2023. April 15.

What is the difference between an expert and a professional? How does a responsible worker manage his time? Why and how to say no, and how to deal professionally with professional conflicts, tight deadlines, and other pressures at work?

These and similar questions are addressed in Robert C. Martin's book "The Clean Coder", in which the author shows what distinguishes a professional software developer from a "simple" coder.

The book is primarily aimed at programmers, but most of its advice is equally applicable to other employees in a corporate environment.

Deadlines are something that almost everyone has to deal with. Many of us also have colleagues and bosses, and stress and responsibility are not unique to software development - so almost anyone can take on board and practice most of the ideas in the book.

In this post, I have collected the most important and widely applicable tips, such as:

  1. What is professionalism?
  2. Self-development and practice
  3. Avoiding burnout
  4. How to say no?
  5. Passive aggression
  6. Time management
  7. Flow or no flow?
  8. Focus manna
  9. Creativity

What is professionalism?

The book draws a sharp distinction between “professional” and “non-professional” workers. It recognizes that although professionalism is a mostly trite term, it has one important characteristic: accountability.

Consequently, it is much easier not to practice professionalism than to practice it: these workers do not take responsibility for the results of their work - they leave it to their employer, their superiors, or their clients.

It follows that if you want to see your work as a vocation rather than a job, the first and most important skill to learn is apologizing. You will make mistakes. Everybody makes mistakes - it’s almost deterministic. But what is not deterministic is how you deal with those mistakes.

A professional takes responsibility for his actions and apologizes when necessary.

And the second most important skill: improvement. Apologizing is a necessary but not a sufficient condition - we need to ensure that we don’t make the same mistakes over and over again. Although the number of mistakes will probably never reach 0, it is our responsibility to keep moving towards 0 - it is our responsibility to improve.

Self-improvement and practice

Building your own career is your own responsibility, not your employer’s. It is not your employer’s responsibility to keep your skills marketable and thus attractive to the labor market. You may have an interest in it, but ultimately these are all your responsibilities: it is up to you to keep your professional skills up to date.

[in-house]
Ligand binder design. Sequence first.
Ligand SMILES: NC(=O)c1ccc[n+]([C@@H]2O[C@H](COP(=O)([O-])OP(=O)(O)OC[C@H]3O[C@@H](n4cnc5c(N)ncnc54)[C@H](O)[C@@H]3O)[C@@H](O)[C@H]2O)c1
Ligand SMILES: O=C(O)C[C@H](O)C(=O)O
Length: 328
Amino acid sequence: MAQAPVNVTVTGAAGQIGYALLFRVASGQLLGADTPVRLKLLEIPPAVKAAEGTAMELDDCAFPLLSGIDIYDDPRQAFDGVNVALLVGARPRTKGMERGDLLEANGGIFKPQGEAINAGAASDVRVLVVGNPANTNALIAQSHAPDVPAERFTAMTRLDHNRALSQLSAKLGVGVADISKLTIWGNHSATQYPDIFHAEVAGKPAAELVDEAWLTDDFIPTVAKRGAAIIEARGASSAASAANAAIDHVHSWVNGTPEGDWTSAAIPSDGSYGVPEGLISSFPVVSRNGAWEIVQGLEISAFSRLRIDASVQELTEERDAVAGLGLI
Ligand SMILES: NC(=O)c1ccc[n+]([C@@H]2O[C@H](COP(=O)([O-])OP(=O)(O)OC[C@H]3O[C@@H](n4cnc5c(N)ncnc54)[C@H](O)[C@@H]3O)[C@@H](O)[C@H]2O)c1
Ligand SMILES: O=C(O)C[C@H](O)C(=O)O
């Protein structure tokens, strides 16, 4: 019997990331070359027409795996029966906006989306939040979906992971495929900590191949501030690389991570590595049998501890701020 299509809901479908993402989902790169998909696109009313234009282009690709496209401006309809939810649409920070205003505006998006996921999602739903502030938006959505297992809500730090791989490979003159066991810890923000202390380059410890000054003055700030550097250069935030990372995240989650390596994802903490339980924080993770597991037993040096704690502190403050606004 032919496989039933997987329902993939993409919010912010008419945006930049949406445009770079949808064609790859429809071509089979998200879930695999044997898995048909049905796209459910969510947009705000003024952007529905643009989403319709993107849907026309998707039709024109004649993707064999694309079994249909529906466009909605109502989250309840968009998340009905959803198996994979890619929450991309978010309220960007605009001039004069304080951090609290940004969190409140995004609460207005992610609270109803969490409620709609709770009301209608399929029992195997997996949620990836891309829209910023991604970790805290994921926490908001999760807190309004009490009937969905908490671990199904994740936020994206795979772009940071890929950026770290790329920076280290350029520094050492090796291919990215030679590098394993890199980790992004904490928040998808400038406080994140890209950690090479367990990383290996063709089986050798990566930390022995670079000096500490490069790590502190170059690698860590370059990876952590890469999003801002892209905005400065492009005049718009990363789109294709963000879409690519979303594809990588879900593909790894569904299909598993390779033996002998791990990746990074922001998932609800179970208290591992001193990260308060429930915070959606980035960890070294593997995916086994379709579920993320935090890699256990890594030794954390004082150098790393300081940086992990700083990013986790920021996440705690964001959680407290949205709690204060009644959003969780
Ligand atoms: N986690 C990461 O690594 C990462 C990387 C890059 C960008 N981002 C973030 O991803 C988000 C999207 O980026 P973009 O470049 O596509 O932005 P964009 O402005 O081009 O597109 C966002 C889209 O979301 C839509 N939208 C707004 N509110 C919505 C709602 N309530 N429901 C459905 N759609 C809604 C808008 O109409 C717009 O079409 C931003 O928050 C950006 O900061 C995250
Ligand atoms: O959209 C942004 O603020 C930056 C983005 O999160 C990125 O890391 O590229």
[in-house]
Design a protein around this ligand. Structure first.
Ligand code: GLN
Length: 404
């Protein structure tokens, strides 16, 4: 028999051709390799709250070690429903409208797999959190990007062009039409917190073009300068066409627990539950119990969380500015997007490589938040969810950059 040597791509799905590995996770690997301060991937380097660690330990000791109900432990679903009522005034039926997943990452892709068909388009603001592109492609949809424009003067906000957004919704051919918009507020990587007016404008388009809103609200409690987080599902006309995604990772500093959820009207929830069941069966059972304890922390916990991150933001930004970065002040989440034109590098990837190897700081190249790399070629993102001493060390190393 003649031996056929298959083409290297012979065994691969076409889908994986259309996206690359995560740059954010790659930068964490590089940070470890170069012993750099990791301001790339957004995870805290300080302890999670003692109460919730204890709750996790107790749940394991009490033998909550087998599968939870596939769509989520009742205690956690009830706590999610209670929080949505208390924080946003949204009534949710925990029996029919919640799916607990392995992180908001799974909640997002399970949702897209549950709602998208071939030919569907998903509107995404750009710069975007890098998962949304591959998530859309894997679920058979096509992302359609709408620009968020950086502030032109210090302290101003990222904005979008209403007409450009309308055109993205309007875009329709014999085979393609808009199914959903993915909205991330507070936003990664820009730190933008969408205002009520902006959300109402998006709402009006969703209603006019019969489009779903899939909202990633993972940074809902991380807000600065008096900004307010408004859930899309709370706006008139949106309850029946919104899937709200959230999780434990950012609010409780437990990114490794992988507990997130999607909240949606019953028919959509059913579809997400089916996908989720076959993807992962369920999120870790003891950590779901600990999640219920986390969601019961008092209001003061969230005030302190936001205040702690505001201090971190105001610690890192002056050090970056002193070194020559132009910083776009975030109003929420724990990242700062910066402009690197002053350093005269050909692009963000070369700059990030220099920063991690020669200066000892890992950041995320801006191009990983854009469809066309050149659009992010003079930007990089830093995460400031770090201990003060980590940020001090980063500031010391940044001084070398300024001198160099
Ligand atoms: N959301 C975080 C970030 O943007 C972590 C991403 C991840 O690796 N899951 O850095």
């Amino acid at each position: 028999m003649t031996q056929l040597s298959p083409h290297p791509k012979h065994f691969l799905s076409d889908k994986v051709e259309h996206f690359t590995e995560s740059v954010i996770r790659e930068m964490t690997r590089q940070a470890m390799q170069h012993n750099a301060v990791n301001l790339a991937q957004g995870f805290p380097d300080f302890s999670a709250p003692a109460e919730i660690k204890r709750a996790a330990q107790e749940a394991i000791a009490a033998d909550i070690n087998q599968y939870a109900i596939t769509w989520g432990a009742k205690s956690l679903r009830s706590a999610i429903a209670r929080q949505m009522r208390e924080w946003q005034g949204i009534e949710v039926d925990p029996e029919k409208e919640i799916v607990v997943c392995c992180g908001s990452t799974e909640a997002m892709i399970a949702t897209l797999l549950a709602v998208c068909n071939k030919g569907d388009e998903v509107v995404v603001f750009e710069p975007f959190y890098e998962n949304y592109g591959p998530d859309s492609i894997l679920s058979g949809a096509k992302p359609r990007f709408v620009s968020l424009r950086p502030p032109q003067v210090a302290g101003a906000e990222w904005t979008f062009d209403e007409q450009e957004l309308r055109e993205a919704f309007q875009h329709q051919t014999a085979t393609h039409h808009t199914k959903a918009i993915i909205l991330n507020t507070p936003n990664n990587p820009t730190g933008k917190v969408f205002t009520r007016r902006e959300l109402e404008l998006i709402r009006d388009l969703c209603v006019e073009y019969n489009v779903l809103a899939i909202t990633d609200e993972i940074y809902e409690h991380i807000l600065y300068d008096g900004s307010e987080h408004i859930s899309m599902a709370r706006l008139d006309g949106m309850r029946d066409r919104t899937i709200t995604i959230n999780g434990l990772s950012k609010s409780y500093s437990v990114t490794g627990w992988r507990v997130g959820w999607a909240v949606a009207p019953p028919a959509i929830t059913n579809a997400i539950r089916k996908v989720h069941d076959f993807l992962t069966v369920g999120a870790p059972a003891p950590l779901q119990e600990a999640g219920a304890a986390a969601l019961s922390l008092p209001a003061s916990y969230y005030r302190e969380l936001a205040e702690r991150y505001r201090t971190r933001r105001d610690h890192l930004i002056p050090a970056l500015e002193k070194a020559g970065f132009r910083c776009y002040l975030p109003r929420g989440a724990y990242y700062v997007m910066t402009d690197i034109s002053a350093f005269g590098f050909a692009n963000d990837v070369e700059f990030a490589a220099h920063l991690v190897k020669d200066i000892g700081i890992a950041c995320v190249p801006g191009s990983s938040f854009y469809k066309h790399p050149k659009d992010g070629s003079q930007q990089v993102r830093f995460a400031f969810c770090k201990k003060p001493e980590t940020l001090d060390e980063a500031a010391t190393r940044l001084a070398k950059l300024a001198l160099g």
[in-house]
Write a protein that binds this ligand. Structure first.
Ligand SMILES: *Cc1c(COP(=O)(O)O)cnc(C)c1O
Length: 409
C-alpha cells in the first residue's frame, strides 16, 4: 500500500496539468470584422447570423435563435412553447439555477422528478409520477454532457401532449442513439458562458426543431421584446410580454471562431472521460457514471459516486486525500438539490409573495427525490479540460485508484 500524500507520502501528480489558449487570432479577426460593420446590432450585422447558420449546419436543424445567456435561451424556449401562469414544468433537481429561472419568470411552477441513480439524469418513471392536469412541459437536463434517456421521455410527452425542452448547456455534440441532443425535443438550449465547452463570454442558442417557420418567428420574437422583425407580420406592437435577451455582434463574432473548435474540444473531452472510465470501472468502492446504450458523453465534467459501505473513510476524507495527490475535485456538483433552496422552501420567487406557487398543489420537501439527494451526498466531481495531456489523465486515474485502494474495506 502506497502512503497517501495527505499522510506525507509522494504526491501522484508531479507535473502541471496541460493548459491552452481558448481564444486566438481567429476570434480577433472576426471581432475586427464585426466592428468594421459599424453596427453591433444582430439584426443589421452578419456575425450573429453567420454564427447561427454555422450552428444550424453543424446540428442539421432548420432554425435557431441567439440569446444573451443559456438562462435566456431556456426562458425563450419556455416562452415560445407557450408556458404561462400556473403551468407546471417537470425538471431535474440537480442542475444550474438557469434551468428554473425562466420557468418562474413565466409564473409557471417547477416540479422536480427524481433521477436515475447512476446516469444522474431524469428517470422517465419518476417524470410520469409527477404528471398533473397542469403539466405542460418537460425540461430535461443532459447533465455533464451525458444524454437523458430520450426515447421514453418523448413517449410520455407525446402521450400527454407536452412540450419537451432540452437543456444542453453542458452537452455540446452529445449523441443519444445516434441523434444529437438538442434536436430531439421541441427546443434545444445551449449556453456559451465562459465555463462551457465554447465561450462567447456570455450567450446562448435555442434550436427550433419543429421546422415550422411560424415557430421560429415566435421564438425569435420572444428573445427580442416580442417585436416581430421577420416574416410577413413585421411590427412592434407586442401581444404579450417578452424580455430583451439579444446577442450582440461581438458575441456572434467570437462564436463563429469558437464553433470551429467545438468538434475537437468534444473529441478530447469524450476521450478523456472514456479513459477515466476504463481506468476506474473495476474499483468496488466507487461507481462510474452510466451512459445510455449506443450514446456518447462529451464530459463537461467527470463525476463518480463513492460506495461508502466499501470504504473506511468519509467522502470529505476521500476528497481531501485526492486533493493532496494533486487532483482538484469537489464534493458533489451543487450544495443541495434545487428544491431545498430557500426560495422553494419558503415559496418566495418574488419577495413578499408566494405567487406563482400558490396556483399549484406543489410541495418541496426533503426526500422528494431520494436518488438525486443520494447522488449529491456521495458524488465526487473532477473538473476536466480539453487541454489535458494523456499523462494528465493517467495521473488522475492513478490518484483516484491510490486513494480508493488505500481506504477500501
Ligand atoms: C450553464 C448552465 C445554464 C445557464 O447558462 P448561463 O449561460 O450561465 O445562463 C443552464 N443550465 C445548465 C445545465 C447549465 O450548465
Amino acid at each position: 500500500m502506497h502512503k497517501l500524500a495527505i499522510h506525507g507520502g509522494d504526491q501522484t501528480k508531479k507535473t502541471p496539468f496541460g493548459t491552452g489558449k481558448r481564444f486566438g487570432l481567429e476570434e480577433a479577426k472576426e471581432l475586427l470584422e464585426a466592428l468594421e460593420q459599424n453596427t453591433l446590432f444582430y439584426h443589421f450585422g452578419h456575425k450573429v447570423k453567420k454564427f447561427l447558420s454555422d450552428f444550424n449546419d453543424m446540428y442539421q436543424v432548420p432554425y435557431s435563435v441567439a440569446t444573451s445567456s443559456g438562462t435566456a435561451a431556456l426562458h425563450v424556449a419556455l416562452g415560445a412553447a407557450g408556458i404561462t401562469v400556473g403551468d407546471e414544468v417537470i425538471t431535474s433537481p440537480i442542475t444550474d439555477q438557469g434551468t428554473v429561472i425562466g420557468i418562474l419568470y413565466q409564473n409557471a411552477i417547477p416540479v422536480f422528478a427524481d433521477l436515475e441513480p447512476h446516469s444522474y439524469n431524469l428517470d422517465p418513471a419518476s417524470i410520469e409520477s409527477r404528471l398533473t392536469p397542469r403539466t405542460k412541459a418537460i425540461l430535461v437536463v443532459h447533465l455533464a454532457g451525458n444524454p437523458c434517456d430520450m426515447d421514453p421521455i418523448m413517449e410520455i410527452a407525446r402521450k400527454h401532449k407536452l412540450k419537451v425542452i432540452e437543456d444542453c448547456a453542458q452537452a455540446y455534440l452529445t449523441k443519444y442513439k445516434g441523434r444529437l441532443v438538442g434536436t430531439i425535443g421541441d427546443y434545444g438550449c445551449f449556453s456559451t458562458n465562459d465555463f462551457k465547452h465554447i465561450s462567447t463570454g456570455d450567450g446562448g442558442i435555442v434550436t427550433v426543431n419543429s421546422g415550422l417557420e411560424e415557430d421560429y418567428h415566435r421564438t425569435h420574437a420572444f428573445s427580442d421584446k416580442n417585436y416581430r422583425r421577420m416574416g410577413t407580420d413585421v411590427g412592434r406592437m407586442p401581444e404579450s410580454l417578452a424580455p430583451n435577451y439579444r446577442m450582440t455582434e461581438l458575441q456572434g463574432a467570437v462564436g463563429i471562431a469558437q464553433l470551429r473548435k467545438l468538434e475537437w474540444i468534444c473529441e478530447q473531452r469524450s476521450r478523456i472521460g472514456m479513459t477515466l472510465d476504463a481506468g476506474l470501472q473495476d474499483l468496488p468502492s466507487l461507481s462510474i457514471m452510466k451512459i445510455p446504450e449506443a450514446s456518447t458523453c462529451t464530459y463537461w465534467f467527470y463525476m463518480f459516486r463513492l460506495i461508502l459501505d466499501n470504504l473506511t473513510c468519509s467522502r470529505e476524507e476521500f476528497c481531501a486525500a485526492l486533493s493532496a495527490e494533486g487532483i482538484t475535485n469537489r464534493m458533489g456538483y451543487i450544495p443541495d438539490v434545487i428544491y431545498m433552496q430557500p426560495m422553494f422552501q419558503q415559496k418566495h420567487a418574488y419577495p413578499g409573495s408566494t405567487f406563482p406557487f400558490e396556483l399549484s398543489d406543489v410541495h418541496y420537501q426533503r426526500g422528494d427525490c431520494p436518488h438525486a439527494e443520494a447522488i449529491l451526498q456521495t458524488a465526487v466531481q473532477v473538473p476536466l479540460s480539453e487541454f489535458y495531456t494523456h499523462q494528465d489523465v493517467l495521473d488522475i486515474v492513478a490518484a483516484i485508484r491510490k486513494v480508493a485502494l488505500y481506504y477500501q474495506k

Some employers offer their employees books, online courses, training, or conference tickets. If so, be grateful! You’re in a lucky position, but this gesture (or lack of it) doesn’t take the responsibility off your shoulders - even if your professional development is in the company’s interest. It’s your responsibility to invest the time and resources to keep your professional skills up to scratch - not only for the benefit of your employer but also for yourself.

One more thing: professionals practice. They make sure that not only their knowledge is up to date, but also their skills and abilities.

Much of the day-to-day work is not practice, but performance. Activity outside of performance is practice. In performance, you can put to good use the knowledge and experience you have gained through practice.

There is no doubt that performance also involves gaining experience. The only difference is that working while performing aims to minimize mistakes, whereas working while practicing aims to discover mistakes. A professional is aware of the need to practice and makes time for it, whether on or off the job.

(Again, I should mention here that this advice is of course primarily intended for programmers, but I believe that it can be taken by people working in other creative fields.)

Practice makes perfect. Source: Sarah Andersen

Avoiding burnout

Just like building your career, avoiding burnout in your career is your responsibility. It is your responsibility to strive to create conditions that are sustainable for you in the long term.

This topic is only moderately discussed in the book, but I think it is an important aspect and strongly linked to the responsibility to practice. You may be in the fortunate position that your employer recognizes the importance of avoiding burnout and tries to help you with it. There are places where you may be given the opportunity to see a specialist, there are training courses on the subject, and there are places where overtime is frowned upon. But all this is just a nice gesture on the part of your employer, which does not take the responsibility off your shoulders.